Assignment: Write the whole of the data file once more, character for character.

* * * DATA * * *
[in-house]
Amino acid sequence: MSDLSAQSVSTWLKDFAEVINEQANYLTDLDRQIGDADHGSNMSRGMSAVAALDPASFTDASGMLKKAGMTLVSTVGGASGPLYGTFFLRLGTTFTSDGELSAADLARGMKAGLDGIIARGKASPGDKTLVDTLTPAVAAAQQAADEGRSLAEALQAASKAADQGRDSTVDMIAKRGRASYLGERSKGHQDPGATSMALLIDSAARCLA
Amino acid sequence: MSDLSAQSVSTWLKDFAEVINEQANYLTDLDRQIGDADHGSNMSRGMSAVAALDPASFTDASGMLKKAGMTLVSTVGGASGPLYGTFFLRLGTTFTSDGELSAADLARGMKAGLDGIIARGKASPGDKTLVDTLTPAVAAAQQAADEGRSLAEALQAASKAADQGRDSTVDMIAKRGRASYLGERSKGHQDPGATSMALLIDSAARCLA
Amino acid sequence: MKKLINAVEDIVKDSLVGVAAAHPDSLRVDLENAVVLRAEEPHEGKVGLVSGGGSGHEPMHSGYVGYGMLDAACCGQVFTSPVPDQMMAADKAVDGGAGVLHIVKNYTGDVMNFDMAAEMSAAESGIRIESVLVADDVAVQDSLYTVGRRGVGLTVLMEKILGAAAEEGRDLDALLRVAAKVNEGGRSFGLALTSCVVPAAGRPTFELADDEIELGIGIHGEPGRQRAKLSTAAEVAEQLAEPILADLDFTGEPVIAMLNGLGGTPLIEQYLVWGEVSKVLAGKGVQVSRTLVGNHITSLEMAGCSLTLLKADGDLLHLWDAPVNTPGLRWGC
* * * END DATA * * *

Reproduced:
[in-house]
Amino acid sequence: MSDLSAQSVSTWLKDFAEVINEQANYLTDLDRQIGDADHGSNMSRGMSAVAALDPASFTDASGMLKKAGMTLVSTVGGASGPLYGTFFLRLGTTFTSDGELSAADLARGMKAGLDGIIARGKASPGDKTLVDTLTPAVAAAQQAADEGRSLAEALQAASKAADQGRDSTVDMIAKRGRASYLGERSKGHQDPGATSMALLIDSAARCLA
Amino acid sequence: MSDLSAQSVSTWLKDFAEVINEQANYLTDLDRQIGDADHGSNMSRGMSAVAALDPASFTDASGMLKKAGMTLVSTVGGASGPLYGTFFLRLGTTFTSDGELSAADLARGMKAGLDGIIARGKASPGDKTLVDTLTPAVAAAQQAADEGRSLAEALQAASKAADQGRDSTVDMIAKRGRASYLGERSKGHQDPGATSMALLIDSAARCLA
Amino acid sequence: MKKLINAVEDIVKDSLVGVAAAHPDSLRVDLENAVVLRAEEPHEGKVGLVSGGGSGHEPMHSGYVGYGMLDAACCGQVFTSPVPDQMMAADKAVDGGAGVLHIVKNYTGDVMNFDMAAEMSAAESGIRIESVLVADDVAVQDSLYTVGRRGVGLTVLMEKILGAAAEEGRDLDALLRVAAKVNEGGRSFGLALTSCVVPAAGRPTFELADDEIELGIGIHGEPGRQRAKLSTAAEVAEQLAEPILADLDFTGEPVIAMLNGLGGTPLIEQYLVWGEVSKVLAGKGVQVSRTLVGNHITSLEMAGCSLTLLKADGDLLHLWDAPVNTPGLRWGC